Growing mustard is not only easy, but the plant is also incredibly versatile. We may know mustard as a yellow condiment, but this is only one of its uses. It is also a fantastic bee crop attracting bees to your garden, a green manure, a leaf vegetable and a whole spice.
labels avoid confusion
to stabilize moisture
Growing mustard is not going to test your gardening skills. It must be one of the least fussy plants to grow.
Just take mustard seed and sow it in the ground, or in a seed tray and cover with 2mm of fine sand and water it in gently with a very soft spray because the seeds are small and can wash out easily (see my special soft watering rose handmade from old plastic water bottles). If you place them in plastic, which keeps the environment humid, you will not have to water them, just check up on them from time to time. If you sowed in the ground or in open trays take care to water daily, keeping the soil moist. Your mustard will germinate rapidly and start to grow. It will be one of the quickest seeds to germinate in your plant trays so separate it from the other seeds and group it with other fast germinators like Chinese cabbage, or chard, otherwise it will overwhelm the space of other vegetables before they even germinate, and shade them out. I also find that they quickly get lanky in plastic bags, so I keep them in open seed trays.
At the stage when the two seed leaves have been succeeded by two adult leaves and the plant is about 5cm tall, it pays to transplant otherwise they will just sit without growing if about ten seedlings are crowded into a six pack compartment. For this reason I plant very few seeds at a time, literally two or three seeds per chamber in a six pack, to give them space and nutrients. In a pot about the size of a cup they get big enough to plant out and take well. I have decided to eliminate some of the transplanting and the consequent shocks and stalling of growth by planting a couple of seeds in a plastic tube large enough to take them up to the 20cm six leaf stage. I will then put them in the garden nearly ready to harvest. It is part of a system for increasing productivity that I learned from a wonderful book by an Australian permaculturist. I am applying this system now in my vegetable garden across the board.
Perhaps you sowed your mustard seed direct into a garden bed. In that case make sure the soil doesn't dry out too much until they germinate. In South Africa this means daily watering till emergence. If you are growing the mustard in seed trays and have seedlings, plant out the mustard seedlings into a bed with compost, and water daily till they take. They are not terribly demanding in terms of nutrients, but all plants, especially leaf vegetables seem to do better with compost in our climate, because the danger of desiccation is so great and mustard does tend to wilt badly on a hot day. The organic material in the soil stabilizes the water content and holds minerals better.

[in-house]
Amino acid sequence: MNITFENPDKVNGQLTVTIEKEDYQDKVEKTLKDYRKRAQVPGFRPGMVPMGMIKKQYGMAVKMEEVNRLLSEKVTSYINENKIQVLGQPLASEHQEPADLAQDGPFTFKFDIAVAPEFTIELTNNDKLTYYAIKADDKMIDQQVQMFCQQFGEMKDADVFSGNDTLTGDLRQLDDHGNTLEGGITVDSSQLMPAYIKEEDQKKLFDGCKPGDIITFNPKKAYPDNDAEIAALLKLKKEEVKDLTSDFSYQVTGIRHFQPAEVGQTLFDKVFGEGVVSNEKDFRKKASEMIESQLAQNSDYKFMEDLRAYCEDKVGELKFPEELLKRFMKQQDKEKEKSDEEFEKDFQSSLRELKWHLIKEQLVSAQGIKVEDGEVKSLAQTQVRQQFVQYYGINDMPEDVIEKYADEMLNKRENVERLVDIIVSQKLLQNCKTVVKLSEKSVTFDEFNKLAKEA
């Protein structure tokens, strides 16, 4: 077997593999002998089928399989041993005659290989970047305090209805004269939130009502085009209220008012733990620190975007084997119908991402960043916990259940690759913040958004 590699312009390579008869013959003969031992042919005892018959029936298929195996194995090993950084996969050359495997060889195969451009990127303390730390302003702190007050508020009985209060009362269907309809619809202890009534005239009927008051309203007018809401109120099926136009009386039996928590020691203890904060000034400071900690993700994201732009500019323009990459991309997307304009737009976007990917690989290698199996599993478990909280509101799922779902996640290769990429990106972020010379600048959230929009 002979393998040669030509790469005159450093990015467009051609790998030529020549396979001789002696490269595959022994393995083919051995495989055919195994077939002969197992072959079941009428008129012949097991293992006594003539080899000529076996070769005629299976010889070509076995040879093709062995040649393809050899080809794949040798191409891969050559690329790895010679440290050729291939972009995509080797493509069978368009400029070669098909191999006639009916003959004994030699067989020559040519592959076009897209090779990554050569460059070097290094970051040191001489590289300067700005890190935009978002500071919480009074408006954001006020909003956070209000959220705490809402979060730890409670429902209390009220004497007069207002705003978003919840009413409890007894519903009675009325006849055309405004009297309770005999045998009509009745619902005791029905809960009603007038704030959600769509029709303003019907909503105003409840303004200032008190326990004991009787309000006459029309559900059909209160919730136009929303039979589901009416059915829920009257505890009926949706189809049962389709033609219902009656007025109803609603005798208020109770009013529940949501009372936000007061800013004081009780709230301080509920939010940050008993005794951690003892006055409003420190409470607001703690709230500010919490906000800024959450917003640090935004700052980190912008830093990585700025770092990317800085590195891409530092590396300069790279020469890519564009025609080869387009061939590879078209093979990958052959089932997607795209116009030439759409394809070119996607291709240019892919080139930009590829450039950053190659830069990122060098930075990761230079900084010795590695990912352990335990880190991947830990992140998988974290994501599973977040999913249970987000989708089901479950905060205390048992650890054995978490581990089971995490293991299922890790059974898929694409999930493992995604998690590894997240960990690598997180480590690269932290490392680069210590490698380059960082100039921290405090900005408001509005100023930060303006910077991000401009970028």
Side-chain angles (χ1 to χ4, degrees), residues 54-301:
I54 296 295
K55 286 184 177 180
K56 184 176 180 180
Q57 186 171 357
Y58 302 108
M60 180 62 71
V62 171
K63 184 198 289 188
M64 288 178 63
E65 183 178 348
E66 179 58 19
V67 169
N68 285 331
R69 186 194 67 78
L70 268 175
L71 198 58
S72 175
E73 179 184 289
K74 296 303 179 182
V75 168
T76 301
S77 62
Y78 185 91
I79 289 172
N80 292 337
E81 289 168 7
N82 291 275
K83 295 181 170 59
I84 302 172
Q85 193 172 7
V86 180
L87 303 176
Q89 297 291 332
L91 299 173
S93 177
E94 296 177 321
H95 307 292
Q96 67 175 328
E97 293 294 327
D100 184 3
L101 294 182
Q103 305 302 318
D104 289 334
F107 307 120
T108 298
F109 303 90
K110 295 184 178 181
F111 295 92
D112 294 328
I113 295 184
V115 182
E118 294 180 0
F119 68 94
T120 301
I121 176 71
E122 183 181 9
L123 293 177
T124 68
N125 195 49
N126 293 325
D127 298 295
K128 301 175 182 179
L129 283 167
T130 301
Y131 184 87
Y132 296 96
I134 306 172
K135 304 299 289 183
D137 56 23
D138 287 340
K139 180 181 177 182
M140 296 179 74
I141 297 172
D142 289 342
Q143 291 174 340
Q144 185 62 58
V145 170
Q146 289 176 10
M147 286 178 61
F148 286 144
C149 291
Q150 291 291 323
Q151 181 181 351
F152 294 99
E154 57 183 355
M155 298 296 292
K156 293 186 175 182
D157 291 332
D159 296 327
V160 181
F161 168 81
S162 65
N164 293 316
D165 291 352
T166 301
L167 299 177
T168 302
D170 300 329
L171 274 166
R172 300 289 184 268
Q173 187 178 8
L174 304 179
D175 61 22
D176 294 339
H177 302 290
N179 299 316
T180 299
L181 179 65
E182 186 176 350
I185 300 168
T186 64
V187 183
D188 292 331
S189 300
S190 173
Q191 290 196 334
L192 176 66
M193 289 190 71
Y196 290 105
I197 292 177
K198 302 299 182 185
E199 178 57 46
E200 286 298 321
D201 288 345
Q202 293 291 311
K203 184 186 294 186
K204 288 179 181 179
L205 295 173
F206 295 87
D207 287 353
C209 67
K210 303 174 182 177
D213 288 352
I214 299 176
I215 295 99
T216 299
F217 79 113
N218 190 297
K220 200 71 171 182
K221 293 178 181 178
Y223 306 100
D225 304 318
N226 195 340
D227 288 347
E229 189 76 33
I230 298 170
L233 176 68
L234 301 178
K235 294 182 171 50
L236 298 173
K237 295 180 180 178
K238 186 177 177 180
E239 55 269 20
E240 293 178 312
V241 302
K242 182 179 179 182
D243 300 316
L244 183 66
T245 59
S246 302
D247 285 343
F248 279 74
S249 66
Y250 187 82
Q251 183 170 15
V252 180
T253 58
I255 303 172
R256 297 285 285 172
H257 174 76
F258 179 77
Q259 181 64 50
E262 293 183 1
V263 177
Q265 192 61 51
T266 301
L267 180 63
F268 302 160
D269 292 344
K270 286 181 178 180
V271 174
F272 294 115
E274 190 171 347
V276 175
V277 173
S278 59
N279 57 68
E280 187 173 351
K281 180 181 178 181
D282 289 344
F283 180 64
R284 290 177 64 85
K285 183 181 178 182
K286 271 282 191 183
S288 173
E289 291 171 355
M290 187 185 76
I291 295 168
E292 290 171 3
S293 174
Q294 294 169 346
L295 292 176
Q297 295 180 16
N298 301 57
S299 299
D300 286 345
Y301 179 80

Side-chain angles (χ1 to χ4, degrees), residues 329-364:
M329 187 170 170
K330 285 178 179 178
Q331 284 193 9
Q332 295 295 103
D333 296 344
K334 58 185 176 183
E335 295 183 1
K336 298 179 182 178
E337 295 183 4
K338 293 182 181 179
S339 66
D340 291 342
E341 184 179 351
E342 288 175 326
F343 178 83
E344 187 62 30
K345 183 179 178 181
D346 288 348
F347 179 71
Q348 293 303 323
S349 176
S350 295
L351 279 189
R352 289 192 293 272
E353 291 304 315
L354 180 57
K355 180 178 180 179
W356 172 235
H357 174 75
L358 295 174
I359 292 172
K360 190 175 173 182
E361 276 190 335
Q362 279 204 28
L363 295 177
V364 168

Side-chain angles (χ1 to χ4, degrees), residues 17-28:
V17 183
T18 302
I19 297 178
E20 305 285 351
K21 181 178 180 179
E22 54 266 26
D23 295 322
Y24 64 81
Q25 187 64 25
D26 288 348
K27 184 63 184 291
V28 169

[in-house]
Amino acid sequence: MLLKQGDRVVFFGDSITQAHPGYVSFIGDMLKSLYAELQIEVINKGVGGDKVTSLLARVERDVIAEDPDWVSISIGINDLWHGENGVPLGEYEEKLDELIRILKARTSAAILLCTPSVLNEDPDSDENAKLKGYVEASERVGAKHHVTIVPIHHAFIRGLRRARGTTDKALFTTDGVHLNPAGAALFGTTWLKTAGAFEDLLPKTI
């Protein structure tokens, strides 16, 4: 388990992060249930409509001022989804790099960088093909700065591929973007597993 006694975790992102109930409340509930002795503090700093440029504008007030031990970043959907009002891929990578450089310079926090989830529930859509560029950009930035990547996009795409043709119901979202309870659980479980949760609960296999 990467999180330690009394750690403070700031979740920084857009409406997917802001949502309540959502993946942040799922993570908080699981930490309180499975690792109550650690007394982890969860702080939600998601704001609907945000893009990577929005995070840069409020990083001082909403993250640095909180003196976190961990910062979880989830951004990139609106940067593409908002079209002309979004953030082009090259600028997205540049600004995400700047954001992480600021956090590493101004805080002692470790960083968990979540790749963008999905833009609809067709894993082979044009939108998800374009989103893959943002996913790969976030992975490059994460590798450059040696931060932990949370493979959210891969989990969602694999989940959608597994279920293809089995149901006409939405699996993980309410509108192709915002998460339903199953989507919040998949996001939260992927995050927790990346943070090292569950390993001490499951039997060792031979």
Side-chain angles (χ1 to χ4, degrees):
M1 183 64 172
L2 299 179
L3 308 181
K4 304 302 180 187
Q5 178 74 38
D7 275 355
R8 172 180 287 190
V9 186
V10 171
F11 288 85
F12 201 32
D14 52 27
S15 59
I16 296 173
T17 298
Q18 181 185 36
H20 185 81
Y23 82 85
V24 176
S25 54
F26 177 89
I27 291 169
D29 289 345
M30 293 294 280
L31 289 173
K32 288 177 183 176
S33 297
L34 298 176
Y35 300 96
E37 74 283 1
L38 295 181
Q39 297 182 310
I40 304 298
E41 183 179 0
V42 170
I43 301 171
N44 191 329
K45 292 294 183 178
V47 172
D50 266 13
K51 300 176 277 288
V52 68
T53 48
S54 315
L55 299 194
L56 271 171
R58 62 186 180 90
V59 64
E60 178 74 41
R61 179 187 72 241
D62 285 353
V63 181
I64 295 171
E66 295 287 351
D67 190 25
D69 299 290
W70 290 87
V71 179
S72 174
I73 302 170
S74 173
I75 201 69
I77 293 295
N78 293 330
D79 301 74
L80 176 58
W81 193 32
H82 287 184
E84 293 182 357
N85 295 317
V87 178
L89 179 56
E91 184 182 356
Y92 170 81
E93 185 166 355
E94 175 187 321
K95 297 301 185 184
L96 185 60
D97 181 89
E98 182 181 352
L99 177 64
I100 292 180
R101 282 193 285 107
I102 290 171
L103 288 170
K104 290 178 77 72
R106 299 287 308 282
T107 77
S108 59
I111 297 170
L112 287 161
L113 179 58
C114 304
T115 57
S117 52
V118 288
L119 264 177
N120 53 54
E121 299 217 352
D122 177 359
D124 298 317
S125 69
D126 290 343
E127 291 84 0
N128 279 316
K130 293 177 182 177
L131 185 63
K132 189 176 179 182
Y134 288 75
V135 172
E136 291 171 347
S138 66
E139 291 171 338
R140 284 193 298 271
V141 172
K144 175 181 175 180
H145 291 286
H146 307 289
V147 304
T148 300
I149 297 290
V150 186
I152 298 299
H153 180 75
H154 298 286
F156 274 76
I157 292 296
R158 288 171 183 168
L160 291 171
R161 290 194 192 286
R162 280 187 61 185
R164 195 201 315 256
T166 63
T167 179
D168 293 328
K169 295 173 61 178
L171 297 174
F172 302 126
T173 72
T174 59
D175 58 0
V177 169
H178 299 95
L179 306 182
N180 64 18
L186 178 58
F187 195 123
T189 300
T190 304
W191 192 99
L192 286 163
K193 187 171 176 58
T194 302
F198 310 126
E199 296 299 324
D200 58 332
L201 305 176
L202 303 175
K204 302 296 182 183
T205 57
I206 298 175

When the plants flower and set seed, enclose the little green mustard pods in a paper bag before they split or you will lose the seed to the environment. Give them time to ripen thoroughly on the plants, for the pods to go brown and split, then harvest the seeds. The bag may be full of insects but I found they had not damaged the seeds. Perhaps I was lucky. They are tricky to separate from the pods. I crumbled the pods in my hands, but be cautious, the more fine material you create the more difficult the separation becomes. Perhaps just pressing down on the pile will be sufficient. I then put everything in a colander with small holes and rolled it around and the seeds came through with some fine chaff. You could winnow off the chaff, or place it all on a piece of stiff newspaper and gently tilt to let the seeds roll off into a container and leave the chaff behind. It works nicely if you tap the paper a bit., and repeat the process several times.
My current mustard is own seed, second generation, so it has been partially selected for what grows well and produces seed in our soil. The use of seed adapted to my garden increases water saving, and over many generations they could become really drought resistant. But in this great advantage lies a danger. They could escape into the wild and flourish there and become invaders.
In the garden growing mustard serves several ecological purposes. The profusion of flowers attract bees to pollinate your vegetables at a suitable time of year, and other beneficial insects to predate the bad insects consuming your crops. Mustard can also be grown en masse and dug under as a green manure.
You can harvest the young leaves by picking them off the plant one by one without killing the plant. Use the leaves in leaf mixes or for piquant salads or stir fries. Mustard seeds are integral to making vinaigrette, mayonnaise and many other dishes where their burn and tang are required for flavoring as well as their property as emulsifiers, or facilitators allowing oil and water based liquids to mix into a creamy emulsion.
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